Price and Price Law, P.C. Chapter 7 eBook

What is Chapter 7 Bankruptcy?

Chapter 7 Bankruptcy is governed by Chapter 7 of the Bankruptcy Code and is known as a liquidation bankruptcy because non-exempt assets are liquidated and sold by the Chapter 7 Trustee for the benefit of the creditors.

Fortunately, most consumer debtors' assets are fully exempt under state or federal law and no assets are sold. When there are no assets to sell, the chapter 7 case is usually short and lasts approximately 3 months.

In addition, Debtors are required to disclose all assets prior to filing. Because of this, we will be able to help you determine whether your assets are exempt. A link to the Chapter 7 Bankruptcy Code is below.

Many vocabulary words and general bankruptcy terms are not covered in this eBook. Don't worry! Links to some of our other eBooks are below.

Who might file Chapter 7 Bankruptcy?

Chapter 7 Bankruptcy can be extremely helpful to consumers and business owners. A consumer might consider a Chapter 7 Bankruptcy if he or she has mainly unsecured debts, is current on the secured debts he or she wants to keep, has not filed another chapter 7 in the last 8 years and meets the income requirements.

A business that plans to close might consider filing Chapter 7 Bankruptcy. Often, the business will attempt to reorganize but will later convert to a chapter 7 if the reorganization is unsuccessful. Circuit City is a famous example.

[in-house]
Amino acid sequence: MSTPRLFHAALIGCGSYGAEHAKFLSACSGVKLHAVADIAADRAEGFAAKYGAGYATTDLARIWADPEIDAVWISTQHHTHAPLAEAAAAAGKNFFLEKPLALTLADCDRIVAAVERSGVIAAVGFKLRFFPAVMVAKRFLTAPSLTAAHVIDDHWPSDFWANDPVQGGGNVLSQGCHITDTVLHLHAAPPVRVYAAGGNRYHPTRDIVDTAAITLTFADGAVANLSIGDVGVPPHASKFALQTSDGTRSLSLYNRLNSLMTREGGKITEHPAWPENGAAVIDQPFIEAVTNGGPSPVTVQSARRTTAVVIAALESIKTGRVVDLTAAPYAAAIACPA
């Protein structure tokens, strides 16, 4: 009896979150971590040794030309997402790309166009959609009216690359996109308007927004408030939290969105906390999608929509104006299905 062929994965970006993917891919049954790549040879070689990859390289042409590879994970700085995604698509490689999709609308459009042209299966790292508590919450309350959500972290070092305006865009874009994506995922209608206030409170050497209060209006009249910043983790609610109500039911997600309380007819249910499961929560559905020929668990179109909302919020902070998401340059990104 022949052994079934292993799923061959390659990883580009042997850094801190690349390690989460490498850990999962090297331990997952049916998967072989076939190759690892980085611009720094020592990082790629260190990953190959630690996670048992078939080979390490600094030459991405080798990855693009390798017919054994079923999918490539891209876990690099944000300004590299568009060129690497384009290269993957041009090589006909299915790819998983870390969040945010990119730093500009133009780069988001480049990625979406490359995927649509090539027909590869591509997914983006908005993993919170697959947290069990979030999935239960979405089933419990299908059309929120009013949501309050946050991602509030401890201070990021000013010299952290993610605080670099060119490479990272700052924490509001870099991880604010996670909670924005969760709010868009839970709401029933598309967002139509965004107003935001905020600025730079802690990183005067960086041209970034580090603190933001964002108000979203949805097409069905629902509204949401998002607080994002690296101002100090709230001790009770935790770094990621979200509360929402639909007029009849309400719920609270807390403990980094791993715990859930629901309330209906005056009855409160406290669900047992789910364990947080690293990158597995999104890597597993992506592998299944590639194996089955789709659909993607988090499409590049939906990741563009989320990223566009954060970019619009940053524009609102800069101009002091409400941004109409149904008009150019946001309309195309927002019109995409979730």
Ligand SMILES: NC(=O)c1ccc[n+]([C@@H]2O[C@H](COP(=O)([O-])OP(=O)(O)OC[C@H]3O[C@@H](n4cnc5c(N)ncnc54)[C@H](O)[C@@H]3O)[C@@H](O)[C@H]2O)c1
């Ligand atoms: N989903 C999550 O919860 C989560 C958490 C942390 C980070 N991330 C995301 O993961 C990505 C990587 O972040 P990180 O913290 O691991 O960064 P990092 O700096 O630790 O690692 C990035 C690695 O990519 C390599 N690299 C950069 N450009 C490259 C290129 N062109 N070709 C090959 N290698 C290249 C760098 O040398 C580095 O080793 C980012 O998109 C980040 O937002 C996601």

A small business owner may want to file Chapter 7 Bankruptcy if he or she is planning to close the business. The business can choose to file in its own name or the business owner can file personally if the business owner has not filed a Chapter 7 Bankruptcy in the last 8 years and is current on the secured debts he or she wants to keep. As long as 51% of the business owner's debts are related to the business, the business owner's income is not compared to other families in the county. More often than not, the business owner has personally guaranteed all business debts and a personal Chapter 7 Bankruptcy offers the most benefit. However, some business owners choose to file a business Chapter 7 Bankruptcy and a personal Chapter 7 Bankruptcy concurrently.

What are the qualifications to file a Chapter 7 Bankruptcy?

First, there are filing requirements. Before filing a Chapter 7 Case, you cannot have received a Chapter 7 Discharge or a Chapter 11 Discharge in a case which was commenced 8 years prior to filing.

Before filing a Chapter 7 Case, you cannot have received a Chapter 12 or a Chapter 13 Discharge in a case which was commenced 6 years prior to filing, unless the payments totaled at least 100% of all allowed unsecured claims or 70% of all allowed unsecured claims, and the plan was proposed in good faith and was your best effort.

Next, a consumer debtor must meet certain income requirements to qualify for a Chapter 7 Bankruptcy. This is known as the "Means Test." The Means Test is an average of the debtor's last 6 months' income and is a comparison of your income to other families of the same size in your county. Deductions are allowed for items such as taxes, secured debt payments, court-ordered payments and medical expenses. The Means Test is extremely complicated, but we will be able to tell you whether you qualify for a Chapter 7 Bankruptcy when you provide proof of income and expenses.

What happens in a Chapter 7?

First, we will meet to determine whether you qualify. You will provide several documents, such as income statements, proof of expenses and tax returns so that we can prepare your paperwork. We will also run a credit report. Determining eligibility and reviewing documents together will be divided into 2 appointments. During your third appointment, we will review all the documents that have been prepared for filing and make any necessary corrections. You will take the credit counseling class prior to filing.